Until Nelson repeats his 2017 season, or betters it, it is the dictionary definition of an outlier. That doesn't mean it will always be, and it doesn't mean Nelson can't be a top-of-the-rotation starter, it just means he has to prove it.


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Online  Re: Jimmy Nelson update from On Deck
Posted: March 13, 2019, 4:19 PM Post
Posts: 2636
Cirilloing said:
To call his third full season an outlier, while technically true, is a pretty hollow assessment of where he was at. Young, talented players tend to improve over time heading towards their athletic prime. If he had pitched six full season and his last one was was great while the other five were average, saying outlier is more sufficient. But many players struggle early on. Its just kind of a pointless thing to say. The bigger picture is that he took a big leap forward and there were tangible reasons to point to for his improvement.

So what is the underlying assumption here? That Jimmy is so talented he was destined to have the season he had in 2017? The league is littered with very talented ball players that put up a single solid season and never amounted to much more than that one season. I'm sure in every one of those instances there were stories of tangible reasons to explain that one season. I don't think it's any less hollow to assume that 2017 Jimmy is the Jimmy we get going forward.


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Online  Re: Jimmy Nelson update from On Deck
Posted: March 13, 2019, 4:54 PM Post
Posts: 208
BillScottCanRake said:
Brew crew 92 said:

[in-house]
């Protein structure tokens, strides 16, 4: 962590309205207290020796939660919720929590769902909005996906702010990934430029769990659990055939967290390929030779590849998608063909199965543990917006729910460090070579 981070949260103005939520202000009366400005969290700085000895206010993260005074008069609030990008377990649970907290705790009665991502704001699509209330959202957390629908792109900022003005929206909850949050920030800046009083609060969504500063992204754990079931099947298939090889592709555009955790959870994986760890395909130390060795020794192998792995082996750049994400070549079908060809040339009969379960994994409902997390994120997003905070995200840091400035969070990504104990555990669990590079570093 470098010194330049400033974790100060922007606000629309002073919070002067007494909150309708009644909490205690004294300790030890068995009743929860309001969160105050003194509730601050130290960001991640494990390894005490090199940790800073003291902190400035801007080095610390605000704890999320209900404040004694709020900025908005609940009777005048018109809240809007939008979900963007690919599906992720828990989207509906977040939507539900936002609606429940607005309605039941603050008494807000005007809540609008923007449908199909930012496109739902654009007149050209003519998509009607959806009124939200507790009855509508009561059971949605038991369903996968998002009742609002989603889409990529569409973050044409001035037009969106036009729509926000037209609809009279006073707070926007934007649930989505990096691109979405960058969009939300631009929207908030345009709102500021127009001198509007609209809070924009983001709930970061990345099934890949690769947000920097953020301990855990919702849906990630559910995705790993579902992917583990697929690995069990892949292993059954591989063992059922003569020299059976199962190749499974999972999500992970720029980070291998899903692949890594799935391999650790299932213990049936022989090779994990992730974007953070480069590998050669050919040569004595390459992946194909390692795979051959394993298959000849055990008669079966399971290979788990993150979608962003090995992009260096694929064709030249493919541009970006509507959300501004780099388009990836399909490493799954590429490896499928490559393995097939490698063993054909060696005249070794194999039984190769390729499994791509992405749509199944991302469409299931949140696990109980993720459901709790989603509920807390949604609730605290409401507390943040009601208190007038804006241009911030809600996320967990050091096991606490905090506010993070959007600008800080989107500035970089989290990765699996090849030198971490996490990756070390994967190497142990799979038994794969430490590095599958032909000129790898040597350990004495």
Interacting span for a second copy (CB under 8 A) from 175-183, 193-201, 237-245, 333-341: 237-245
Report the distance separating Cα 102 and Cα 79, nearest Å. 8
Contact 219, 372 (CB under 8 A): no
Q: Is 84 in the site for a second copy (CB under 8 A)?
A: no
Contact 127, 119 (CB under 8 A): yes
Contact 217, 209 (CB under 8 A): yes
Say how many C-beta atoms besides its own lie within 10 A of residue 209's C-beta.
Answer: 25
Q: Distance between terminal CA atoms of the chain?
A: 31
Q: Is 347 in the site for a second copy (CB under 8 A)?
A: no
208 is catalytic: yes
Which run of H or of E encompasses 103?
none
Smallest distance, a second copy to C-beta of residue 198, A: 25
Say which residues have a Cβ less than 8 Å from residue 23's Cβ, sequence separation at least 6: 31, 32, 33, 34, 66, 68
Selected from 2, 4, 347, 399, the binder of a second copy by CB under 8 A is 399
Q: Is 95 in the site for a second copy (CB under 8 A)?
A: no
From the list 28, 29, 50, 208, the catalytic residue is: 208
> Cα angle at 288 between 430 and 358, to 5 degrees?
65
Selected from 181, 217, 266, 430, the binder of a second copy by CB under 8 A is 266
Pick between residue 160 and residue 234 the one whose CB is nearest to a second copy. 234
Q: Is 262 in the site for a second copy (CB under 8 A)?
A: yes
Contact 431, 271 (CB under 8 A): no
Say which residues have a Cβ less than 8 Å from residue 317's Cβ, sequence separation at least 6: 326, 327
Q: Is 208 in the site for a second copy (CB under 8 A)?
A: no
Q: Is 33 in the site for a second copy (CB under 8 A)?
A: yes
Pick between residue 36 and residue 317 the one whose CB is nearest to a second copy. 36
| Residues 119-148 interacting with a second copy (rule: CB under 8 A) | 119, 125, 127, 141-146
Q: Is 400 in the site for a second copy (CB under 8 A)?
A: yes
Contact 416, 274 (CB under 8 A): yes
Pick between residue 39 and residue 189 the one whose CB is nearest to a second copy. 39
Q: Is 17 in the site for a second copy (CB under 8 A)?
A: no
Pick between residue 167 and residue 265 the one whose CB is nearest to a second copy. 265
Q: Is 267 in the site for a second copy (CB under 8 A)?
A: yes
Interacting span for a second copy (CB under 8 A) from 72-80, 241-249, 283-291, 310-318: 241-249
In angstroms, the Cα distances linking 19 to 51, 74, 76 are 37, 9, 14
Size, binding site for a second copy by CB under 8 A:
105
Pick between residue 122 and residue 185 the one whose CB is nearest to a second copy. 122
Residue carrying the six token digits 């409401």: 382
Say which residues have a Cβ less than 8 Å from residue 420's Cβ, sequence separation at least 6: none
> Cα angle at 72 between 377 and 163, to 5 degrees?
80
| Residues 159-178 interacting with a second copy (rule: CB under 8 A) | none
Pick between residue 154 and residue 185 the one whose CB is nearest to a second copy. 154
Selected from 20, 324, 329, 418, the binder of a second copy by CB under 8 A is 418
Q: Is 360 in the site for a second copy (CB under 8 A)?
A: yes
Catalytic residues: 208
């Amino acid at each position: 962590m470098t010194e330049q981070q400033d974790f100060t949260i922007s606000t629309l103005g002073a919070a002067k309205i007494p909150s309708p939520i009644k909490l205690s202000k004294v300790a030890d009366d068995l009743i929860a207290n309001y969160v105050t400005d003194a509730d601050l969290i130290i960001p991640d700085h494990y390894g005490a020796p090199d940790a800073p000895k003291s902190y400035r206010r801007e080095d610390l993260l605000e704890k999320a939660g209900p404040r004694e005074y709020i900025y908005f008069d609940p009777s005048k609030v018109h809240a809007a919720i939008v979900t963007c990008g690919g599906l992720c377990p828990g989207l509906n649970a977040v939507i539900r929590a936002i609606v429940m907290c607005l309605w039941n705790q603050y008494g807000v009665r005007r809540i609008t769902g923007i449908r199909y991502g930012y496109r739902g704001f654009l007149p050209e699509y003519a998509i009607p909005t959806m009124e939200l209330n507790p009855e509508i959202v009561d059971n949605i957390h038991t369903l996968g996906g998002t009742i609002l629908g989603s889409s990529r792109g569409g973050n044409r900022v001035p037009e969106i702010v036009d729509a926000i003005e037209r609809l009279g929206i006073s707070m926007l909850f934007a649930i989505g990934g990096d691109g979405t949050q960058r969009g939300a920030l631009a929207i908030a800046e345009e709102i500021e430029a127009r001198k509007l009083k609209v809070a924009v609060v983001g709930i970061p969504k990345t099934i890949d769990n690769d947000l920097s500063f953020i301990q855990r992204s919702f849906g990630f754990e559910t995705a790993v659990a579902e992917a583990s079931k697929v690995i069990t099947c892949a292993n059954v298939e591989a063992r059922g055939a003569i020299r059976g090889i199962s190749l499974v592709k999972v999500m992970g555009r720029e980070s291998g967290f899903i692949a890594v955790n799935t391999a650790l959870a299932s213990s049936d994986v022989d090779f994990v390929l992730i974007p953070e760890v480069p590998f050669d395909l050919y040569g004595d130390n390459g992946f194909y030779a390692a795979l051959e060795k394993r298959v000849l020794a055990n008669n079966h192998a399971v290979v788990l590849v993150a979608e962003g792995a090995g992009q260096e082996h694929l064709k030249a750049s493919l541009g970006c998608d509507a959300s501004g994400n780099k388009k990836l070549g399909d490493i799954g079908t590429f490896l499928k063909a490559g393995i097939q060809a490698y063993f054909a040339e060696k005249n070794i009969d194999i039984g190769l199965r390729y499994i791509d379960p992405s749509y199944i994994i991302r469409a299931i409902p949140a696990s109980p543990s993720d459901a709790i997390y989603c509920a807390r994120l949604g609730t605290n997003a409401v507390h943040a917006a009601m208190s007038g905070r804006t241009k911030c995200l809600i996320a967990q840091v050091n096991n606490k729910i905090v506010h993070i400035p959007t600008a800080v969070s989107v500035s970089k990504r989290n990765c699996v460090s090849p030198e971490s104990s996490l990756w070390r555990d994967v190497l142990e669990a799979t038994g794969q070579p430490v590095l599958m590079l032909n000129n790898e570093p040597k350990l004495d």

Outlier talk driving me crazy. AM I THE ONLY ONE? Regress back to 2015 or 16. Do we really think the jimmy we saw all of 2017 was a mirage. You say we don’t really know. Really? I saw top of the rotation starter. TOR moving forward for sure. And I don’t think I’m the only one.


The point is until he repeats 2017, no matter how he did it, no matter how good he looked doing it, no matter how convincingly he did it, it's a one-off season. Add onto that the unknowns of his injury (and even though it looks better than a lot of other shoulder injuries, there are still unknowns) and you have not only a classic outlier season, but additional worries about him being able to repeat it.

Baseball is littered with players who, for a whole lot of different reasons including injury, had seasons which were not typical of the rest of their career. Some of the more memorable ones for me are:

Roger Maris (1961)
Mark Fidrych (1976)
Pat Listach ( 1992)
Brady Anderson (1996)
Jeff Francoeur (2006)
Daisuke Matsuzaka (2008)

Some of those guys had nice careers, some not so nice, but none of them were the player they were in their peak year at any other time in their career. I am sure at the time they had their peak seasons the was plenty of talk about their future being bright, but they were outliers never to be seen again.